Cause: If peak splitting is observed in later eluting compounds or compounds of high peak signal intensity, this is likely due to overloading the column.5-7


Solution: Inject less material onto the column, either by decreasing injection volume or diluting the sample with solvent.


Cause: Deterioration of the analytical column due to buildup of dirty matrix after repeated injections.5-7


Solution: Change the analytical column.


Cause: Sample diluent is too strong for the column, hurting the specificity of the column for the target analytes.5-7


Solution: Dilute the sample in a weaker solvent.


Cause: There is dead volume in the fittings along the path of the sample in the LC.5-7

Solution: Check all fittings and ensure that there is no dead volume.



Figure 5: Peak broadening lowers peak signal intensity shown in the two peaks above with the same peak area.

p 2

Cause: There is a mismatch between flow rate, column temperature, and analytical column dimensions that is not optimized.5-7


Solution: Optimize the LC flow rate and column oven temperature and/or reduce the analytical column diameter.


Cause: Analyte is co-eluting with an isobaric compound either another isomer or a matrix interference.


Solution: Adjust the chromatography to separate out the coeluting peak or use a secondary ion for quantification that does not show the same interference.

If spiking internal standard in autosampler post-extraction, one would add a total amount of 10 ppb in 1 mL of sample. (Multiple IS addition steps; one per sample analyzed.)

To compare 10 ppm versus 10 ppb, adding IS in the extraction solvent uses more IS, and is therefore a greater cost per sample. However, the addition of IS to the extraction solvent would reduce the number of times IS is added, further decreasing sample handling variability.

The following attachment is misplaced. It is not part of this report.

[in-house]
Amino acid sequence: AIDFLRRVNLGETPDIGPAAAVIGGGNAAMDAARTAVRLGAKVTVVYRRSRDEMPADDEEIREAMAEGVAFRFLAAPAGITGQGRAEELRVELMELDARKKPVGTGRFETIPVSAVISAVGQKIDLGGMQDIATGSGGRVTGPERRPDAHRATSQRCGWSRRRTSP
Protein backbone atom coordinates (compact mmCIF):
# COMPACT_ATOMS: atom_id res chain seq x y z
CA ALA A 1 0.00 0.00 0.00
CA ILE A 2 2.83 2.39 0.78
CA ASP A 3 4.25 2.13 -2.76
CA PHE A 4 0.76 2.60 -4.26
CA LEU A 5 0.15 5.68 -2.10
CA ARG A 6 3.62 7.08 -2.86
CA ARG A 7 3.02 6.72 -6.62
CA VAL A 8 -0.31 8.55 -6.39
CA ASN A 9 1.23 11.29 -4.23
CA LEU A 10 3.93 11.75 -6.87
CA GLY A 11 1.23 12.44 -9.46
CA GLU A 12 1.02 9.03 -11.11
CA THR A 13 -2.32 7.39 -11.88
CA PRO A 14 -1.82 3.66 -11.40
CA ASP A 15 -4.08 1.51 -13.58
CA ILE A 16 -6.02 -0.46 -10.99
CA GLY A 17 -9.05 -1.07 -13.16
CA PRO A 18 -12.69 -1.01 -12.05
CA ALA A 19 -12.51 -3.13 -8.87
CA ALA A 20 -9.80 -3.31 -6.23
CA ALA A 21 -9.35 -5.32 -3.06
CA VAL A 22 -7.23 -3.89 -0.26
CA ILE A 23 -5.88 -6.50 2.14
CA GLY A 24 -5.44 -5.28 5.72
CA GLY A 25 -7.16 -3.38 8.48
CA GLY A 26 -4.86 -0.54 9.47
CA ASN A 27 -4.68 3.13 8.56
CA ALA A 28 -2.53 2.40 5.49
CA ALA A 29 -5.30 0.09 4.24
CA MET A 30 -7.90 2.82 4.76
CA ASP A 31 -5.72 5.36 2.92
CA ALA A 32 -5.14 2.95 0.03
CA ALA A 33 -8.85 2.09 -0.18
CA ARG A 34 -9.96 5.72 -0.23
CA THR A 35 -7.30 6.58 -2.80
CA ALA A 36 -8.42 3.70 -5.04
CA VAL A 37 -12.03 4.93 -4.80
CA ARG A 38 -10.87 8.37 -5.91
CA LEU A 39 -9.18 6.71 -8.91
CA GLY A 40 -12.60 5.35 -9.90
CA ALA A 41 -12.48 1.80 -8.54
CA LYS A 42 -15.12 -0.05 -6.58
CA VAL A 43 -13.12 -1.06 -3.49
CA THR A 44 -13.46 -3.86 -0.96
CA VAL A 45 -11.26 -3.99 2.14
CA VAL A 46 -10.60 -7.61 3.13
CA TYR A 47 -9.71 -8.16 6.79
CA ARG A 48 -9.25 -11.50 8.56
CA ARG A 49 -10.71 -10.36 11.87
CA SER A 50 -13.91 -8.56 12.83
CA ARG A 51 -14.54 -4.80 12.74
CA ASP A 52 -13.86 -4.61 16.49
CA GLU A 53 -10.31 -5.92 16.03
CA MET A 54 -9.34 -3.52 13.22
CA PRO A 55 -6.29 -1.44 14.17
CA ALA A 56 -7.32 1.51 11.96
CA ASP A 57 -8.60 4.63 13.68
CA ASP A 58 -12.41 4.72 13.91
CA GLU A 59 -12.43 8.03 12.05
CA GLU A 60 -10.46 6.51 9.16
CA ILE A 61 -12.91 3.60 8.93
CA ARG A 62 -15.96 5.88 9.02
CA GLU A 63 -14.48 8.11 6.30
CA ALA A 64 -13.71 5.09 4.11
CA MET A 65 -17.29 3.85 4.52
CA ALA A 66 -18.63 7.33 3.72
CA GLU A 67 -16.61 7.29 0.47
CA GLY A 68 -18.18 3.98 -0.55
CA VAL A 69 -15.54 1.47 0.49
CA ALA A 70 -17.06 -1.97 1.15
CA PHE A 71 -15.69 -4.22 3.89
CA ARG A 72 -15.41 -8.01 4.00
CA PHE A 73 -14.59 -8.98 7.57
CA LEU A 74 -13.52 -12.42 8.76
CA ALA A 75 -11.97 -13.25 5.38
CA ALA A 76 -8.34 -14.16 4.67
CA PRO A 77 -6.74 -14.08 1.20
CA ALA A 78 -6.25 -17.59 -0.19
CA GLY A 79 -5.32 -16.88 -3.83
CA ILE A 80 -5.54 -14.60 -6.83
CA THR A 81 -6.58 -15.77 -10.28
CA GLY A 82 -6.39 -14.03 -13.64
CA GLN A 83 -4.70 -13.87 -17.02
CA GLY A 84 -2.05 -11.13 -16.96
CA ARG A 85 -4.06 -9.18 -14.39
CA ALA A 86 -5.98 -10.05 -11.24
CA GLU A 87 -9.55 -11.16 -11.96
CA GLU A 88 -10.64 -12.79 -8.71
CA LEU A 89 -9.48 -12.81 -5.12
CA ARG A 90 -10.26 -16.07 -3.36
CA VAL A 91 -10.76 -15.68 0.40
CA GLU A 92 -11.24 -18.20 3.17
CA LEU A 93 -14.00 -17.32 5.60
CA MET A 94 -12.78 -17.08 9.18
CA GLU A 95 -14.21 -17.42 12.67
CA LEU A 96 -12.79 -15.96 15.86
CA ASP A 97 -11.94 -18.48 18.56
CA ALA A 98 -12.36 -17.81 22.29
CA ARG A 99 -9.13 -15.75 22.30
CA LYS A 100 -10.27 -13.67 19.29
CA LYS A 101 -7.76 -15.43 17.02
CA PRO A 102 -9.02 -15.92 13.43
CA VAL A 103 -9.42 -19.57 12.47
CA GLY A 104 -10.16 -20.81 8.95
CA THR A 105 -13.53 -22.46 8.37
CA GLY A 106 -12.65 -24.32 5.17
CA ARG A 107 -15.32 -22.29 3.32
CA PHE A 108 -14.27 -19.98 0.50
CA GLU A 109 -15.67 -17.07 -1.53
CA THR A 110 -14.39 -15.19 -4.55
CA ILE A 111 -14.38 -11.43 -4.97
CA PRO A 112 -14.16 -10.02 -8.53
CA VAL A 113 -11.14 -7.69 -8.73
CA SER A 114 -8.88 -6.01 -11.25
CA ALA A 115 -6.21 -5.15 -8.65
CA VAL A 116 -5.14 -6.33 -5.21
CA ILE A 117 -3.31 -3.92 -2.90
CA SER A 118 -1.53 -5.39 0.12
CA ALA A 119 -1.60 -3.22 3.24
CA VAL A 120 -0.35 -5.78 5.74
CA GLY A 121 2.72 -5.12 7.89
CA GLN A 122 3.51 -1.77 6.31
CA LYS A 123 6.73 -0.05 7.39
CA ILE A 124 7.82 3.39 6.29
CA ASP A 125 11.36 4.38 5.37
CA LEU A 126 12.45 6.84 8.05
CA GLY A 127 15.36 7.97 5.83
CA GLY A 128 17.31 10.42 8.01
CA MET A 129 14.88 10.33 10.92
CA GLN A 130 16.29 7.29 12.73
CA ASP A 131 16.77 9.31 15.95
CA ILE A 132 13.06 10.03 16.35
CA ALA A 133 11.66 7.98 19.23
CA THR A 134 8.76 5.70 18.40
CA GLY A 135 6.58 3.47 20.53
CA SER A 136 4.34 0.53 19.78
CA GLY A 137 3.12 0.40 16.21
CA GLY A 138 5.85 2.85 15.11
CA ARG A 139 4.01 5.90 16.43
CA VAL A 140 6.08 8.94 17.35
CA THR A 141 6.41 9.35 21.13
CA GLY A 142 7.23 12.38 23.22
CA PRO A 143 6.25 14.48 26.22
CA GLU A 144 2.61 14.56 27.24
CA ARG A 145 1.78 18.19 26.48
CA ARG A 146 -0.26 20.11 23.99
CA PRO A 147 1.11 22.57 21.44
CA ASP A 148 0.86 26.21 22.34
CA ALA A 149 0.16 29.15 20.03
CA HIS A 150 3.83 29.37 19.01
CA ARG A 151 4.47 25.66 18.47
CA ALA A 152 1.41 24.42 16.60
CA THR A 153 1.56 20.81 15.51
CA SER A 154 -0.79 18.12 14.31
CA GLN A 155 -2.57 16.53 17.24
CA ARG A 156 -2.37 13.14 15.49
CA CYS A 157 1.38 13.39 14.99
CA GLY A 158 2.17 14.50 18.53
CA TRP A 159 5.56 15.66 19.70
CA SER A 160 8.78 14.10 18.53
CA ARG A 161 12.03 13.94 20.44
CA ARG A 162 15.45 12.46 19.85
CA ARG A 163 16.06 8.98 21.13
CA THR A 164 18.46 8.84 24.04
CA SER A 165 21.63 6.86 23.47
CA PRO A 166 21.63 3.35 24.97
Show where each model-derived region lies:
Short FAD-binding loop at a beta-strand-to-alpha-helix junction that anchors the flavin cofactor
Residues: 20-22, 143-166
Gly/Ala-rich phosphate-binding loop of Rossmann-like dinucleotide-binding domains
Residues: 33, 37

Table 1: The Pros and Cons of Two Ways to Utilize Internal Standards in Pesticide Residue Analysis.


Figure 6: Separating Interferences. Chromatograms of bifenthrin showing a coeluting interference on the shoulder in cannabis matrix.

The black is indicating the isobaric interference.


Internal Standards

Due to the variable nature of cannabis matrices tested, deuterated internal standards (IS) are necessary to help correct for matrix effects and to correct for variances from injection to injection. There are two ways to incorporate IS in pesticide analysis: 1) add the IS to the extraction solvent or 2) add IS post extraction in each sample vial.

Typically deuterated internal standards or heavy isotopically labeled (C13 and N15) standards are custom synthesized. With custom sythensis also comes greater cost for manufacturing and purchasing. The addition of internal standard to the extraction solvent requires adding a larger total amount of internal standard to a large volume. However, when the internal standard is added prior to extraction it corrects for variability in top-down bottle dispensers. If part of the sample is spilled in the lab after extraction, the IS to analyte ratio should still be the same therefore the sample can still be analyzed.


For example:

Creating 1 L of 10 ppb IS extraction solvent, one must add 10 ppm of IS to the 1 L of extraction solvent. (IS addition is one step).




Sample Preparation

Liquid samples, such as oils and distillates, should have a corrective dilution factor for total volume when compared to flower or edible samples. If using IS in the extraction solvent, the total amount of IS for each sample will have to be corrected in liquid sample to match the total amount of IS added in solid samples. Another possibility is to create two separate extraction solvents, one for liquid samples and one for solid samples.


Example:

1 gram of flower in 10 milliliters of acidified acetonitrile 1 gram of distillate in 9 milliliters of acidified acetonitrile Dilution factor of each sample is 1:10

Example:

1 gram of distillate in 10 milliliters of acidified acetonitrile Dilution factor of sample is 1:11

Integration Parameters for Isomers

Many pesticide standards consist of isomers; regulations may require the sum of total isomers to be reported for pesticide residue amount. In SCIEX OS Software, default integration parameters can be set for each compound in data processing methods (Figures 7 – 9).



Figure 7: Cyfluthrin Isomers. Cyfluthrin consists of four isomers that are not completely baseline separated with the LC gradient. The three major isomers of cyfluthrin are evident in this characteristic elution profile and all the peaks can be integrated as one component for a total sum of cyfluthrin.